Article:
Lament, by contrast, is the exercise of spiritual agency in the face of loss. As a spiritual practice lament seeks to incorporate the experience of loss into the broader story of our lives before God. Where grief threatens to shatter the coherence of our story, lament re-opens our hearts to the possibility of a recovered sense of wholeness. Lament doesn’t internalise our pain, sorrow or loss, but helps us to call out to God. So it’s not just an expression of deep emotion resulting from loss, it calls to God for action and ends in praise to God. To lament is to join a long line of those who have wrestled with God in the midst of their sorrow.

We find lament throughout the Old Testament. Most clearly we find lament in the Psalms and these are referred to extensively throughout the New Testament. The Psalms are the Prayer Book of the Bible. As such they encompass the full range of human experiences—and in particular make room for experiences of suffering through Psalms of Lament.

The sessions will be centred around the following headings:

  1. The Need for Lament
  2. The Power of Lament
  3. Lament and the Suffering of Others
  4. Collective Grief
  5. Lament as an Act of Love

There will be a group meeting on Zoom
Wednesday Evenings from 7:30-9:00pm
(24th February and 3rd, 10th, 17th and 24th March)

Zoom details have been circulated by email

The material will also be available on paper, by email and on the Web Site at:

https://episcopaldornochtain.org/study-group-resources/

For more details or to receive paper or emailed copies of the materials speak to James (contact details).

Lent Study 2021

The Lent Study this year will be about Lament and the Psalms.

When we feel blessed in life, when we experience goodness and wholeness, we turn to God in praise and thanksgiving. But what happens when we experience just the opposite? What happens when we are overcome by the presence of chaos, brokenness, suffering and death, or by a sudden sense of our human vulnerability? When we hurt physically, we cry out in pain; when we hurt spiritually, we cry out in lament.

The five sessions will be flexible and explore this often neglected practice, with particular reference to Covid-19 and Climate Change, though we will have the opportunity to explore lament in relation to the grief that we feel in relation to any loss.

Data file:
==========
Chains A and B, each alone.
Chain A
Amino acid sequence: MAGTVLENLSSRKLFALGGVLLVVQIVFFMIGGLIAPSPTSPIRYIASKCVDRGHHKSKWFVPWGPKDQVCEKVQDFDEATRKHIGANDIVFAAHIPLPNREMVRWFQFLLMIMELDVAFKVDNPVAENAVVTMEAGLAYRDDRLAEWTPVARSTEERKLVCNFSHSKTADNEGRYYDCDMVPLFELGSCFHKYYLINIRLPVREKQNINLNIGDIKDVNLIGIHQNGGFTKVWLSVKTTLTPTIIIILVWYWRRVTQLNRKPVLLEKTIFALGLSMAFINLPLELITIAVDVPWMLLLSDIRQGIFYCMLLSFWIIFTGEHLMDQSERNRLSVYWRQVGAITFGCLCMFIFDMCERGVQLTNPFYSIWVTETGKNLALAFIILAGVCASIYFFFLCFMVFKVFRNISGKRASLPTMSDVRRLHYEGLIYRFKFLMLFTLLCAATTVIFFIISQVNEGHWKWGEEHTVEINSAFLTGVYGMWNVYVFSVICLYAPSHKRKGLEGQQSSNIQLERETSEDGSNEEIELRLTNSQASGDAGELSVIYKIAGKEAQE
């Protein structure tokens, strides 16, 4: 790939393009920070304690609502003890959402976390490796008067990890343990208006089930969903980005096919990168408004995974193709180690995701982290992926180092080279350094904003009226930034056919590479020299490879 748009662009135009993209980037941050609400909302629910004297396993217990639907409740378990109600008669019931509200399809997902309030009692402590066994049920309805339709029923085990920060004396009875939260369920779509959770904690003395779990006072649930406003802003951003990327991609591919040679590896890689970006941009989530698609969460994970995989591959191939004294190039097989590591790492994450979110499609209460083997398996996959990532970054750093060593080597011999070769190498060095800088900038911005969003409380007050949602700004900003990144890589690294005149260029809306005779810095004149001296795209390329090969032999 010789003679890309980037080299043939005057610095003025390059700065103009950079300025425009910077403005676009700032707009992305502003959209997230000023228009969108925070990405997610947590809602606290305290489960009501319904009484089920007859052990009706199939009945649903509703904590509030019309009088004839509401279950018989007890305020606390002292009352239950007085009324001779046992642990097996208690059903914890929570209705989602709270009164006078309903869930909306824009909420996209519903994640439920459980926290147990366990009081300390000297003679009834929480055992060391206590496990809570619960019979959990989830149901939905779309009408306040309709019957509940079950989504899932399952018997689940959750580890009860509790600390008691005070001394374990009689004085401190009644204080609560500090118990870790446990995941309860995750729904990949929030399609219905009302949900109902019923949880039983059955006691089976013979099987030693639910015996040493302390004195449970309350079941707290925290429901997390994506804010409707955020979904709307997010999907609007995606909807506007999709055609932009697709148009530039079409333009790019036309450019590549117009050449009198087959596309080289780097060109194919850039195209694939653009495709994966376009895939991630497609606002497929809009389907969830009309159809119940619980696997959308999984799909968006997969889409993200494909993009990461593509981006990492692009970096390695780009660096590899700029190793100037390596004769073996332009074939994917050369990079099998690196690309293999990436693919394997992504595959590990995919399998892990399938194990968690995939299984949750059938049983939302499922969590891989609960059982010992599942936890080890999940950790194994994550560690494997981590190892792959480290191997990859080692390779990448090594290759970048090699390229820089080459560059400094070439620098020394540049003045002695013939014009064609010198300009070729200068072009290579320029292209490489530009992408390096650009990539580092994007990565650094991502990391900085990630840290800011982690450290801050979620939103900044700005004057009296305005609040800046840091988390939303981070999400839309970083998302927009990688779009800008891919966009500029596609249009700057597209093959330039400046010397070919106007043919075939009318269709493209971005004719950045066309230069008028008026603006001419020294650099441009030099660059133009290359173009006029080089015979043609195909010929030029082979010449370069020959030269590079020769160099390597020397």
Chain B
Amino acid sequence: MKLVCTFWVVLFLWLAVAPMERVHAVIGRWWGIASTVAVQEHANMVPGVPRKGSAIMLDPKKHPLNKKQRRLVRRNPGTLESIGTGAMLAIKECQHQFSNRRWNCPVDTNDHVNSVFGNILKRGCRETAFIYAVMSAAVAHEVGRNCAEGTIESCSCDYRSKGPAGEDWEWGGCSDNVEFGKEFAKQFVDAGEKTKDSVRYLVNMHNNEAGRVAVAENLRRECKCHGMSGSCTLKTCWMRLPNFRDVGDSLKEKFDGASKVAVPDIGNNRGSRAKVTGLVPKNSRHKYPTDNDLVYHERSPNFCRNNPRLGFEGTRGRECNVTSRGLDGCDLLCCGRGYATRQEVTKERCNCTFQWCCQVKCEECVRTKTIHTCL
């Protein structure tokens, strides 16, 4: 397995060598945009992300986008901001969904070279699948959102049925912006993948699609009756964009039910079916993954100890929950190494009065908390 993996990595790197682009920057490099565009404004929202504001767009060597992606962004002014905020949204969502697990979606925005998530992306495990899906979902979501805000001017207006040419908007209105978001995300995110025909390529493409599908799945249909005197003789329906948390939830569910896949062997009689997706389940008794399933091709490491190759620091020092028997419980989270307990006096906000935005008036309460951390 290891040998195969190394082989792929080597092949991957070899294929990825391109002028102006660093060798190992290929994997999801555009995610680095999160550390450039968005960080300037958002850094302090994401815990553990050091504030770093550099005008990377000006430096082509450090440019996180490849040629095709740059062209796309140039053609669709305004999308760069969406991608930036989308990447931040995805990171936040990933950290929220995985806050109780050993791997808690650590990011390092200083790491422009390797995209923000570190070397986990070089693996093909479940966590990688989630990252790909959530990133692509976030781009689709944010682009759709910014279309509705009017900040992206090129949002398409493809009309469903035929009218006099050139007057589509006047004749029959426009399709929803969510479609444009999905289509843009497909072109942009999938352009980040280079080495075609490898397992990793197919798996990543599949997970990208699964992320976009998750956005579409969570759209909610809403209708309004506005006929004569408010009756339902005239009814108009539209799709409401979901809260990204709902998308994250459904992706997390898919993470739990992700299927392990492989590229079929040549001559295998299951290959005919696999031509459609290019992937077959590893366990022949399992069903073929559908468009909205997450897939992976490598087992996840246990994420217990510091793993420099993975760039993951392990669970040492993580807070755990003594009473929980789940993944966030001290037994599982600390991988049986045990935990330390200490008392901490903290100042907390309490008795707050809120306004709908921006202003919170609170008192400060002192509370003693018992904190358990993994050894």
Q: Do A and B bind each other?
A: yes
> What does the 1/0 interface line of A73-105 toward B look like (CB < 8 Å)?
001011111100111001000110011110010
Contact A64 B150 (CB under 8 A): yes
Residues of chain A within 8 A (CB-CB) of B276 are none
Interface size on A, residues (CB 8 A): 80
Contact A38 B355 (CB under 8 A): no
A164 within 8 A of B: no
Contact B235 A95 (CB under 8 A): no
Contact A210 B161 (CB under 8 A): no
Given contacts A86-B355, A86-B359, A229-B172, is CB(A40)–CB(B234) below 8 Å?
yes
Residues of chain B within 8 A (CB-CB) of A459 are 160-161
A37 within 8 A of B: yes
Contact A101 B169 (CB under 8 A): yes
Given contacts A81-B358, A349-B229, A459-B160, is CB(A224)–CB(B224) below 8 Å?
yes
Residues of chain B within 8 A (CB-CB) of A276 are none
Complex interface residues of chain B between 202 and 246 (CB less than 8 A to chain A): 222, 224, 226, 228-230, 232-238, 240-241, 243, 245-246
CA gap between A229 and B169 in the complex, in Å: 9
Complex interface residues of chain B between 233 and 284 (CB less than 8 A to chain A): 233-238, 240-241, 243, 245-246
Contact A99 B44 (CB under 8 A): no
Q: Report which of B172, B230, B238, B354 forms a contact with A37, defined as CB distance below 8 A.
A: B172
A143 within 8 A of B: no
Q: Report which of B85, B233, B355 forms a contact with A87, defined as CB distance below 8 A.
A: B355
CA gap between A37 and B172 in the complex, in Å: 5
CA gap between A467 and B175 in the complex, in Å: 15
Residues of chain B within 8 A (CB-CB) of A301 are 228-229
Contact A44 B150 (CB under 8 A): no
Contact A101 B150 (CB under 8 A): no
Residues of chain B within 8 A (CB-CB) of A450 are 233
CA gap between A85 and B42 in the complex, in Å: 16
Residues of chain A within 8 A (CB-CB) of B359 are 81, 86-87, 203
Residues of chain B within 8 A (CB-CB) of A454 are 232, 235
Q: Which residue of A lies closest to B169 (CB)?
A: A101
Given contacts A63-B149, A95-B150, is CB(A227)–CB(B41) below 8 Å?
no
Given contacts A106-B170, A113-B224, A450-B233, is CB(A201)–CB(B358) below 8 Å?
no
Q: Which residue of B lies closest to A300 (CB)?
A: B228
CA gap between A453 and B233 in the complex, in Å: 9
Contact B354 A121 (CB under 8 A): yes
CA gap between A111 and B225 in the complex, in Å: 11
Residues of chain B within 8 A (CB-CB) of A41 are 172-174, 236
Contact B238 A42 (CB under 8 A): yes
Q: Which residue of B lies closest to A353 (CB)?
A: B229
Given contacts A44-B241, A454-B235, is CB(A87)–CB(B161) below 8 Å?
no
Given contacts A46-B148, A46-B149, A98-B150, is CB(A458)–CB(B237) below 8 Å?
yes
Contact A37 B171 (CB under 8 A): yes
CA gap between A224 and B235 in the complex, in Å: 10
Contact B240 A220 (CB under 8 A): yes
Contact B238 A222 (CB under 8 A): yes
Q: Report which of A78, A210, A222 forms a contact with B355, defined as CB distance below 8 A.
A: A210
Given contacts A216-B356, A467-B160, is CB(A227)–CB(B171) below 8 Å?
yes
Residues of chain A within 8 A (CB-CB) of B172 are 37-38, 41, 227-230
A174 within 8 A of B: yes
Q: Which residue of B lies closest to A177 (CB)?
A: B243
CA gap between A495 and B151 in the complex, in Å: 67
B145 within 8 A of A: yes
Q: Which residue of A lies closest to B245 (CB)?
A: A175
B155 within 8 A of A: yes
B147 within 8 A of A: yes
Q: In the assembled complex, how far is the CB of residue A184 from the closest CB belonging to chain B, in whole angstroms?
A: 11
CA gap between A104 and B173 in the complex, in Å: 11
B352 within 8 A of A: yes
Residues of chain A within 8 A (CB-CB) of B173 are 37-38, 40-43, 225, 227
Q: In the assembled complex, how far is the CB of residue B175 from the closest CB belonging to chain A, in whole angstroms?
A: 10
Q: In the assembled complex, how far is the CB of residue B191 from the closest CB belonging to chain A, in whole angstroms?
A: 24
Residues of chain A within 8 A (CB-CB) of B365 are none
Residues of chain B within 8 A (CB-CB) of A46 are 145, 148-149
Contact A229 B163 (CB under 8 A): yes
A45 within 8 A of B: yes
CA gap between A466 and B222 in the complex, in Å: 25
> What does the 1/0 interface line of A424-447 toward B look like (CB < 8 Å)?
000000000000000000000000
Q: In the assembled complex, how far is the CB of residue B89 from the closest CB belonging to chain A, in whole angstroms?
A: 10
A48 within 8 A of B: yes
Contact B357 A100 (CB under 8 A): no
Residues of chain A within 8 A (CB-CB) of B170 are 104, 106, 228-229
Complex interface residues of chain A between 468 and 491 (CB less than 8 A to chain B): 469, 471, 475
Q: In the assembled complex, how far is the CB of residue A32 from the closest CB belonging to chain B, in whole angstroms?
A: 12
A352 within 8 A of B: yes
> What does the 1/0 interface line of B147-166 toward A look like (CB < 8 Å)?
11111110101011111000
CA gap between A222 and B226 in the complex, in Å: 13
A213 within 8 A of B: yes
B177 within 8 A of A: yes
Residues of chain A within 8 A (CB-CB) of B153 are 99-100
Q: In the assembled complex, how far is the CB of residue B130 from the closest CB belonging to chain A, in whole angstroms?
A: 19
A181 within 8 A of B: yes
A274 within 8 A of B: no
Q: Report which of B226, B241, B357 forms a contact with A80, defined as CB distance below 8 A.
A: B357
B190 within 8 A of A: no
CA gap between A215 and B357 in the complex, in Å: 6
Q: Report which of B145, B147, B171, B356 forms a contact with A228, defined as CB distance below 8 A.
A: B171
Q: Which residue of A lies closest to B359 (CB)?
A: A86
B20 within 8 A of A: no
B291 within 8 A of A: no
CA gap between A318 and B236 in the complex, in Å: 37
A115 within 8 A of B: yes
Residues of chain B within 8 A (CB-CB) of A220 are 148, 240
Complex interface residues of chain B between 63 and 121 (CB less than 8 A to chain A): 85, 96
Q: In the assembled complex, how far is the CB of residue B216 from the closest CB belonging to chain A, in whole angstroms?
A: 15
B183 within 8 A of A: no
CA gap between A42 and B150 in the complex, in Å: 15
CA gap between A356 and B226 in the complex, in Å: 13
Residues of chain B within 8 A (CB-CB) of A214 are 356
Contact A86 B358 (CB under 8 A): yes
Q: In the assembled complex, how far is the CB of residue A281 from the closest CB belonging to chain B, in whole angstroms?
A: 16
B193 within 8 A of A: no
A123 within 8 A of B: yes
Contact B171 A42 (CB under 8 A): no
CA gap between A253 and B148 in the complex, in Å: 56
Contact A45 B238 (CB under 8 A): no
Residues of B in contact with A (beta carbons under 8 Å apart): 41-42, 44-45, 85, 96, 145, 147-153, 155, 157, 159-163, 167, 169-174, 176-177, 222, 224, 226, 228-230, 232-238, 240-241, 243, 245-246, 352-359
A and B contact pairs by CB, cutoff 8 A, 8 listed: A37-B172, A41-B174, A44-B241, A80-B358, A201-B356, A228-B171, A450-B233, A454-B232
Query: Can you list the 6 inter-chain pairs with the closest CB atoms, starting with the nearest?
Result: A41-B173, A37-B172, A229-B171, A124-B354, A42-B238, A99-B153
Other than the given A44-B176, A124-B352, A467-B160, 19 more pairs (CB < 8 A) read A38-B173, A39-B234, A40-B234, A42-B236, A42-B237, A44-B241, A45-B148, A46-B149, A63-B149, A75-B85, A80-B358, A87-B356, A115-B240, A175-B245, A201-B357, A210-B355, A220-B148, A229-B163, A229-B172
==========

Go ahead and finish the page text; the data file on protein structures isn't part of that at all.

As with last year’s Lent Study and our Advent Study, there will be a set of study materials each week, which you may use in whatever way you like. There will also be a set on five Wednesday evening Zoom sessions (on 24th February, 3rd , 10th , 17th and 24th March) starting at 7:30pm. The Zoom joining details will be circulated by email closer to the time.

Any questions or queries about the Lent Study should be directed to James.

Statement from the Primus

Following media reports that church leaders have threatened legal action if the Scottish Government does not reverse its recent decision to close places of worship during the current phase of the Covid pandemic, the Primus would like to make clear that the Scottish Episcopal Church is not part of the group seeking change.

Having worked closely with the Scottish Government during the pandemic, alongside the Church of Scotland and many other denominations in a bid to protect the vulnerable by stemming the spread of the virus, I would like to reiterate that we have no part in the move to take legal action against the Government,

Most Rev Mark Strange16 January at 19:07

said the Most Rev Mark Strange, Bishop of Moray, Ross & Caithness and Primus of the SEC.

A group of 500 church leaders – 200 from Scotland and 300 from elsewhere in the UK – have written to the First Minister calling for her to lift the ban on communal worship. They have given the Scottish Government until 5pm on Thursday (21st January) to respond, and the group has said it will seek judicial review if the closure of churches is not dropped from lockdown restrictions.

No SEC churches have signed the letter.

The Church of Scotland has also distanced itself from the call for legal action.